Alan Ayckbourn Encyclopedia: L
Laughter In The Dark: An academic hardback edition by Albert E. Kalson. Published in 1993 by Associated University Presses, it discusses Alan Ayckbourn's plays and themes and introduces the concept of the A (Ayckbourn) Effect.
Leckenby, Pip: Regular designer for both world premieres and revivals of Alan Ayckbourn's plays staged at the Stephen Joseph Theatre, Scarborough, between 1998 and the present day.
Liber, Vera: Author responsible for the literal translations of Ostrovsky's The Forest and Chekhov's Uncle Vanya for Alan Ayckbourn's adaptations The Forest and Dear Uncle.
The Library Theatre: Home to the country's first professional theatre in the round company, created by Stephen Joseph in 1955. The Library Theatre, based on the first floor concert room at Scarborough Public Library, was home to the company between 1955 and 1976 before it moved to the Stephen Joseph Theatre In The Round. Alan Ayckbourn became the Artistic Director of the venue in 1972.
Life After Beth: The original title for Life & Beth was Life After Beth and it was Beth, rather than her husband, who had died prior to the play. The title was first mentioned in an interview from December 2007 but altered to Life & Beth soon afterwards.
Life & Beth: Alan Ayckbourn's 71st play premiered at the Stephen Joseph Theatre, Scarborough, on 22 July 2008. The recently widowed Beth is hosting her first Christmas since her husband's Gordon's death. An unexpected visit and prayer from the local vicar brings an unwelcome and unexpected Christmas visitor to the house.
Life Of Riley: Alan Ayckbourn's 74th play premiered at the Stephen Joseph Theatre, Scarborough, on 21 September 2010. Friends and family gather to remember the unseen and dying George Riley's life. As they look back on lives lived or might have lived, George plots a final farewell which threatens to upset all their future lives.
Life Of Riley (film): The film adaptation of Life Of Riley, directed by Alain Resnais and premiered in competition at the Berlin Film Festival on 10 February 2014. Called Aimer, Boire et Chanter in France, it won the Silver Bear Albert Bauer prize for a feature film that opens new perspectives.
Life Of Riley (concept): An undated synopsis in Alan Ayckbourn's archive bears the title of Life Of Riley, although the plot does not match that as written. Of note is the fact one of the characters is 13 year old Winnie Barnstairs, which dates the note to before March 2009 when he wrote My Wonderful Day whose lead character is called Winnie Barnstairs.
Like A Sister: One of several unused titles considered for Sisterly Feelings.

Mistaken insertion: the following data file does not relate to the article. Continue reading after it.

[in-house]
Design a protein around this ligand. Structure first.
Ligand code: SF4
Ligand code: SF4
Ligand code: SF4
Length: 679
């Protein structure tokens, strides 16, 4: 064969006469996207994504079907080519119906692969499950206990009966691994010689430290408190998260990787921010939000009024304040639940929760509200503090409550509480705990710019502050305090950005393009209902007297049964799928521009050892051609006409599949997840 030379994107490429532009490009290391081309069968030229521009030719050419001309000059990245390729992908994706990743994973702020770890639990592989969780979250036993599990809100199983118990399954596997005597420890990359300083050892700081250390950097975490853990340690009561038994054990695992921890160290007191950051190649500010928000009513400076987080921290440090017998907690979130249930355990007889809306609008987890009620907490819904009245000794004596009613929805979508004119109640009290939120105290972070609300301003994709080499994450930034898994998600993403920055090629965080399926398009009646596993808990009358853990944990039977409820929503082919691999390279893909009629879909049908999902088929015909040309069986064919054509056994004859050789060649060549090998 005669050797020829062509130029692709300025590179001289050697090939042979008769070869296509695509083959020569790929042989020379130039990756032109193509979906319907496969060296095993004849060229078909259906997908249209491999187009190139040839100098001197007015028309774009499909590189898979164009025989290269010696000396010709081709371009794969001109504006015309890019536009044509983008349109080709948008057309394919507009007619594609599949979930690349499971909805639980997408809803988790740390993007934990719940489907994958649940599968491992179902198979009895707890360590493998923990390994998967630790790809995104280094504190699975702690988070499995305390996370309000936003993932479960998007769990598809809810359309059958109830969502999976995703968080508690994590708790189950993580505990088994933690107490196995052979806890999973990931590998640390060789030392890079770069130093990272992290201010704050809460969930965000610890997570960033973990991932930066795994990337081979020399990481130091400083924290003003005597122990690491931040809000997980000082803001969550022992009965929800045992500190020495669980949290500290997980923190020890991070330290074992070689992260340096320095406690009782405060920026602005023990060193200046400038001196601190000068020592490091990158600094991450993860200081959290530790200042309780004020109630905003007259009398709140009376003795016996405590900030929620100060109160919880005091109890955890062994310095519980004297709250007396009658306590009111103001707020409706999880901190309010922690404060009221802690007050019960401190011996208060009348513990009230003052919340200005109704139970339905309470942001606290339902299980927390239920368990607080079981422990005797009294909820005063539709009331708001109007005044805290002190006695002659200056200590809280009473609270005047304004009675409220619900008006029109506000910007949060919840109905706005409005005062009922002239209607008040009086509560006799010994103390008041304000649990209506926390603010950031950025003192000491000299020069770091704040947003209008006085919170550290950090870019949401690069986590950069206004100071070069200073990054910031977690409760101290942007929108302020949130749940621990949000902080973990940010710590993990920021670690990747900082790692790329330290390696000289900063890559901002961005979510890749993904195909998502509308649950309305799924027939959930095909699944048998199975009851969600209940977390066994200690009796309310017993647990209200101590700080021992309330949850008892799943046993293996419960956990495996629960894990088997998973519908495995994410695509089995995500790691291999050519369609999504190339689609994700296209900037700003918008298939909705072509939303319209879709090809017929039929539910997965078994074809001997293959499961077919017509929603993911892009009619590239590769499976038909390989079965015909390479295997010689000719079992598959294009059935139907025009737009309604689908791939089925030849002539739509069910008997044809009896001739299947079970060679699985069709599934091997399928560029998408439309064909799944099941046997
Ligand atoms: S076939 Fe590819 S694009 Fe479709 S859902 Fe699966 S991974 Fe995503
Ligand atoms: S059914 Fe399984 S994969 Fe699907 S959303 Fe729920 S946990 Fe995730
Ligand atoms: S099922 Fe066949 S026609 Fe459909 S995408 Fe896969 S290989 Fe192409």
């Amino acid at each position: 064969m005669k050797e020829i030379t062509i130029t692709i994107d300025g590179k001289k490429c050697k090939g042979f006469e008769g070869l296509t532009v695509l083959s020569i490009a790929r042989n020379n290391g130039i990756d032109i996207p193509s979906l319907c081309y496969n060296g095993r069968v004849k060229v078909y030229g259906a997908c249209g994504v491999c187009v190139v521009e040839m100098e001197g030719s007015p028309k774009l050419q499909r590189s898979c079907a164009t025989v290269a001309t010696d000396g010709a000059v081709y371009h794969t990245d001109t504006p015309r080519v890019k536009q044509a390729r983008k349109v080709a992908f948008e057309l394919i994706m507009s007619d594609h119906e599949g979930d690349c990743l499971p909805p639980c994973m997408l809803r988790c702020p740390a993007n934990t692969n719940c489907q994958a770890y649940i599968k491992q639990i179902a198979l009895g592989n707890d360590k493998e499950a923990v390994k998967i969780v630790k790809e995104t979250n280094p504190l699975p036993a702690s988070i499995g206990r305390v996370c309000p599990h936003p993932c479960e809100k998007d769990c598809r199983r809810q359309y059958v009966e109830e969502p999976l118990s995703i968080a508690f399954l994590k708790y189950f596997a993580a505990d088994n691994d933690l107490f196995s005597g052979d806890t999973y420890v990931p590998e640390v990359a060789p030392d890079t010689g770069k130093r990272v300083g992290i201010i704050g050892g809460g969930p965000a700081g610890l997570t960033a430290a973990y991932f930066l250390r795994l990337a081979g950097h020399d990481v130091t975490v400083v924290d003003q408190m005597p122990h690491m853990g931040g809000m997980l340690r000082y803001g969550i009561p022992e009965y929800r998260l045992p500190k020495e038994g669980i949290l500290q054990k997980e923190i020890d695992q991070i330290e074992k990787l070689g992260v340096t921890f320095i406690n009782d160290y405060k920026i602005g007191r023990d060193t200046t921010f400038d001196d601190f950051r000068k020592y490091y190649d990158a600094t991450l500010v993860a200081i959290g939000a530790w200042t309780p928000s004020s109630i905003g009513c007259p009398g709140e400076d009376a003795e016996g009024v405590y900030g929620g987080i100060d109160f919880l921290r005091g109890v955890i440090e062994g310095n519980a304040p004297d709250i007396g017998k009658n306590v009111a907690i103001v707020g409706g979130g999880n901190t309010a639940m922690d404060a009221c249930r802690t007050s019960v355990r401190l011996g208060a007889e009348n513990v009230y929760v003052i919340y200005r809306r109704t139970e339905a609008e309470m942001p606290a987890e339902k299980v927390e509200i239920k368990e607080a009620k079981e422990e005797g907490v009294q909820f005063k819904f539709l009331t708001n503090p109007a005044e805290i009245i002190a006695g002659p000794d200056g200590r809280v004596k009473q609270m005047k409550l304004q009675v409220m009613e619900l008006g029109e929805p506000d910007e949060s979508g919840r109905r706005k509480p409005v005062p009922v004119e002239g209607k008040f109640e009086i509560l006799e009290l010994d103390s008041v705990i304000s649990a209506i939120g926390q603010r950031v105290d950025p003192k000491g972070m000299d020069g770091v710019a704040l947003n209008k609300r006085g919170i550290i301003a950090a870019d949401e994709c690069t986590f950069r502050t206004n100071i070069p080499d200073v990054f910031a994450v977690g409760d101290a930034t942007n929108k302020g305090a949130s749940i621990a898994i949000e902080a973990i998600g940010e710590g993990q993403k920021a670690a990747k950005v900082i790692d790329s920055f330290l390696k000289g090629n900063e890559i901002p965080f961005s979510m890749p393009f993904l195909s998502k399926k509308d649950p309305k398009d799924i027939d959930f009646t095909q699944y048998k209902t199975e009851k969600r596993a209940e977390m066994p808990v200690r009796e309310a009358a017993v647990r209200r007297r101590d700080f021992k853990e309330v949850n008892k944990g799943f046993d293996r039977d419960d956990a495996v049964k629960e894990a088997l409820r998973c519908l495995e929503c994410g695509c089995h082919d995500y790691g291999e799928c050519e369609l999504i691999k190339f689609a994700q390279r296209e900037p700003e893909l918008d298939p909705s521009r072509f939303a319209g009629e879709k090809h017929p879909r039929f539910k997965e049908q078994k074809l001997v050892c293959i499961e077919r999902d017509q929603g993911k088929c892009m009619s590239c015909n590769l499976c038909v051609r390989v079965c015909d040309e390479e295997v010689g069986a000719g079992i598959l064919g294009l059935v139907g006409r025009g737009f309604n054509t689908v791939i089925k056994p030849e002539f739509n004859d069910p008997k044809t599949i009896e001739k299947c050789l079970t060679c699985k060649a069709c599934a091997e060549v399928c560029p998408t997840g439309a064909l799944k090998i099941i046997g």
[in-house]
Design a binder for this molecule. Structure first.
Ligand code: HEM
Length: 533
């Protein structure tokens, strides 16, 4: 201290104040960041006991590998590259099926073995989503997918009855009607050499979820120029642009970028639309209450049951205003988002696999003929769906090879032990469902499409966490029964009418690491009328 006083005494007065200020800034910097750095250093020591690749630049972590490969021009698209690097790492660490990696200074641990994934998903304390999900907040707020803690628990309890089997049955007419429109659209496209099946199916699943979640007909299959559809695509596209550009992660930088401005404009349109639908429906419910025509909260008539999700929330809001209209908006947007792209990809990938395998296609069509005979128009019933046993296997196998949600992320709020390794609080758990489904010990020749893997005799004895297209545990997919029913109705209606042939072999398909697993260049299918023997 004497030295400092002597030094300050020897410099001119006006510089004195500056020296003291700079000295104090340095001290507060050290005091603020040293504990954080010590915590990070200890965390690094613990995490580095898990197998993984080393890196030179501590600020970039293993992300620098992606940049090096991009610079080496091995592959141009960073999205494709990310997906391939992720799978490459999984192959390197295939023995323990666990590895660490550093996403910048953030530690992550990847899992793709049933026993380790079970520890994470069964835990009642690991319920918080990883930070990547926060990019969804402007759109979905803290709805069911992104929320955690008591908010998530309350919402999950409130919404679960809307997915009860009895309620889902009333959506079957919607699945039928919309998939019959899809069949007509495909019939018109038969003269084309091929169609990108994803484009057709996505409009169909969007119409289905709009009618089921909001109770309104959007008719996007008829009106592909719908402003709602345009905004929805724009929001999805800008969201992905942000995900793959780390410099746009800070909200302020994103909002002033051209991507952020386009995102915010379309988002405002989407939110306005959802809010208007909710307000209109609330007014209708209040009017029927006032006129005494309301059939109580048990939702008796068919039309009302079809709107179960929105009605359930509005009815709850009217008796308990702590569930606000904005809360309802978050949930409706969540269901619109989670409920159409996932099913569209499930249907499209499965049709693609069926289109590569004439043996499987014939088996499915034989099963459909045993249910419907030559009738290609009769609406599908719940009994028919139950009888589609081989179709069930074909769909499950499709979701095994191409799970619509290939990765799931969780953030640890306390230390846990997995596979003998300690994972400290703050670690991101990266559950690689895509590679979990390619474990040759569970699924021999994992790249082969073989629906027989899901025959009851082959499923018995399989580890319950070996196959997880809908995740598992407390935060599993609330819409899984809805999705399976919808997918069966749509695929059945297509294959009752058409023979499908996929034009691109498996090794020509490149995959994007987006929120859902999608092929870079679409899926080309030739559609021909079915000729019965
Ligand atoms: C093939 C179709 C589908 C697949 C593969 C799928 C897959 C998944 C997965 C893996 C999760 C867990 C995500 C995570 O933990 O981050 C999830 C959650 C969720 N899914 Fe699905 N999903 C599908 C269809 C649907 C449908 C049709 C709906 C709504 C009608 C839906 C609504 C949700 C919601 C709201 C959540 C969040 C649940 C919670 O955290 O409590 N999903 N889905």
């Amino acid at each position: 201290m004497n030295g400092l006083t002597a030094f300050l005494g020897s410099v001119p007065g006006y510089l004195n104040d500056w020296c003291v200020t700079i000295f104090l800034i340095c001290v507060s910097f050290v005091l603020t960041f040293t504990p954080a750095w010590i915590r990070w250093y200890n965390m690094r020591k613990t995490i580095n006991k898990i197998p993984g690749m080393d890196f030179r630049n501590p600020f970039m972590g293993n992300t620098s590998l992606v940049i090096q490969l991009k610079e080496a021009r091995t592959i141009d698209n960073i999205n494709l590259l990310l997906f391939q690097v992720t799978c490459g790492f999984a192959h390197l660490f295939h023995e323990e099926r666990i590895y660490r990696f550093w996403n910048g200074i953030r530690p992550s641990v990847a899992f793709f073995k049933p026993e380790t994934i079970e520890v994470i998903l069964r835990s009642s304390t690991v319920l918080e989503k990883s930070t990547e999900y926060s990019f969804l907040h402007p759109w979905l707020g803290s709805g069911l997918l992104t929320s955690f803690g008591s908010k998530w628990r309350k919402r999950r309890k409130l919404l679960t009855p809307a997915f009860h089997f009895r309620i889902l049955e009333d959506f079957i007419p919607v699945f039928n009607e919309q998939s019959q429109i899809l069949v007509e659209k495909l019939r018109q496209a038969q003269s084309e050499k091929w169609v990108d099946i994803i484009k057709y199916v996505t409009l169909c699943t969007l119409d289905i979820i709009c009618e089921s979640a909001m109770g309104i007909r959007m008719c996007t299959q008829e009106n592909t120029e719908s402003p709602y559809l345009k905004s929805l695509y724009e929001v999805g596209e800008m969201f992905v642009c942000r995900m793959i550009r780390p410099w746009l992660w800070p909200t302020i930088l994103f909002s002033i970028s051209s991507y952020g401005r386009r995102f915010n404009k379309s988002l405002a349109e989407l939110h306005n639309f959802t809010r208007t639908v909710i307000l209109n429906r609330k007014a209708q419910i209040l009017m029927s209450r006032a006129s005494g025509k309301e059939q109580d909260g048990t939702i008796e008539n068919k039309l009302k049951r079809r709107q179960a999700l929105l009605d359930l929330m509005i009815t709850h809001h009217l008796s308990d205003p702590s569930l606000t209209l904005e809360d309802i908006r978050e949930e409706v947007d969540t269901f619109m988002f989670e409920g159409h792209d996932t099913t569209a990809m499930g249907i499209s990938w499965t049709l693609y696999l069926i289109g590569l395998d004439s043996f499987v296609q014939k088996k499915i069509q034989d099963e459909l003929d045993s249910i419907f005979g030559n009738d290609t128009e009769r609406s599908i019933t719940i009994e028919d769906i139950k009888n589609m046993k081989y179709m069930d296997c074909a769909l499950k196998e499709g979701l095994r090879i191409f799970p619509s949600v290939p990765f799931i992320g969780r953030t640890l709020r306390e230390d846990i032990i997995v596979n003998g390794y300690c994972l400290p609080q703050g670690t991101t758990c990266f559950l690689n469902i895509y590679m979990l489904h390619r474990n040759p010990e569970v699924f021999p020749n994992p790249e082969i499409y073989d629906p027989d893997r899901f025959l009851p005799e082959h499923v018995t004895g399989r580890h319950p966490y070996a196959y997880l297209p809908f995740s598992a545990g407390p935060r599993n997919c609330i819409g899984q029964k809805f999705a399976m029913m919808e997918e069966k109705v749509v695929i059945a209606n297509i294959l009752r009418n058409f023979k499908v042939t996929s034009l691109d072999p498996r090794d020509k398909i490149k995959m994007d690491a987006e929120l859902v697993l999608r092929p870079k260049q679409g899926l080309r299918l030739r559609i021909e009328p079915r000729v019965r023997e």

Living Together (The Norman Conquests): Alan Ayckbourn's 14th play premiered at the Library Theatre, Scarborough, on 25 June 1973 and opened at the Globe Theatre, London, on 21 May 1974. One part of The Norman Conquests trilogy, this is set in the living room with Norman's attentions focussed largely on Ruth.
Lolly: The name that Alan Ayckbourn's mother, Irene Maud Worley, was more familiarly known.
London: A number of Alan Ayckbourn's plays are identifiably set in London, with the city playing more significance as a setting in some of his later plays. The London-set plays include: Communicating Doors, elements of The Revengers' Comedies, Comic Potential, Virtual Reality, the Damsels In Distress trilogy, Sugar Daddies, Private Fears In Public Places, My Wonderful Day and element of Arrivals & Departures.
London 2012 Festival: The Stephen Joseph Theatre and Chichester Festival Theatre presented co-productions of Alan Ayckbourn's Absurd Person Singular and his latest play Surprises as part of London 2012; the cultural festival accompanying the Olympic Games. Like many of the events, there was no direct link to London 2012, which neither contributed to or commissioned the productions.
Love After All (1959): Alan Ayckbourn's 2nd play premiered at the Library Theatre, Scarborough, on 21 December 1959. A farcical tale concerning a hero's attempts to meet the woman of his dreams through a variety of disguises - eventually ending up with the maid instead. Alan wrote the play under the pseudonym Roland Allen and it has not been published and is not available to produce.
Love After All (1960): Alan Ayckbourn's 2nd play was revived the following year in 1960 with an alternative contemporary setting and slight alterations to the plot. Alan Ayckbourn, who was prevented from appearing in the first production due to National Service, appeared in this production.
Love In The Mist (Intimate Exchanges): One of the eight major permutations of Intimate Exchanges in which Miles and Sylvie begin a tentative relationship and go on a hike, only to be stranded in a hut in the mist. It has two possible permutations for the final scene comprising A Wedding and A Simple Ceremony.
Love Undertaken (1961): One of the Grey Plays (produced but unpublished), Love Undertaken is a one act play by Alan Ayckbourn presented in October 1961 at St Mary's Parish House, Scarborough. The play is a light comedy set in an undertaker's parlour. Love Undertaken is not available to produce.
Lower Pendon: Alan Ayckbourn's frequently used fictional town of Pendon is first named in Relatively Speaking as Lower Pendon, which is - at this point - located in Buckinghamshire. See Pendon.
The Lyttelton: The end-stage venue at the National Theatre. The London premieres of Alan Ayckbourn's plays Bedroom Farce, Way Upstream and House as well as the 2010 revival of Seasons' Greetings were staged in this space.
Copyright: Simon Murgatroyd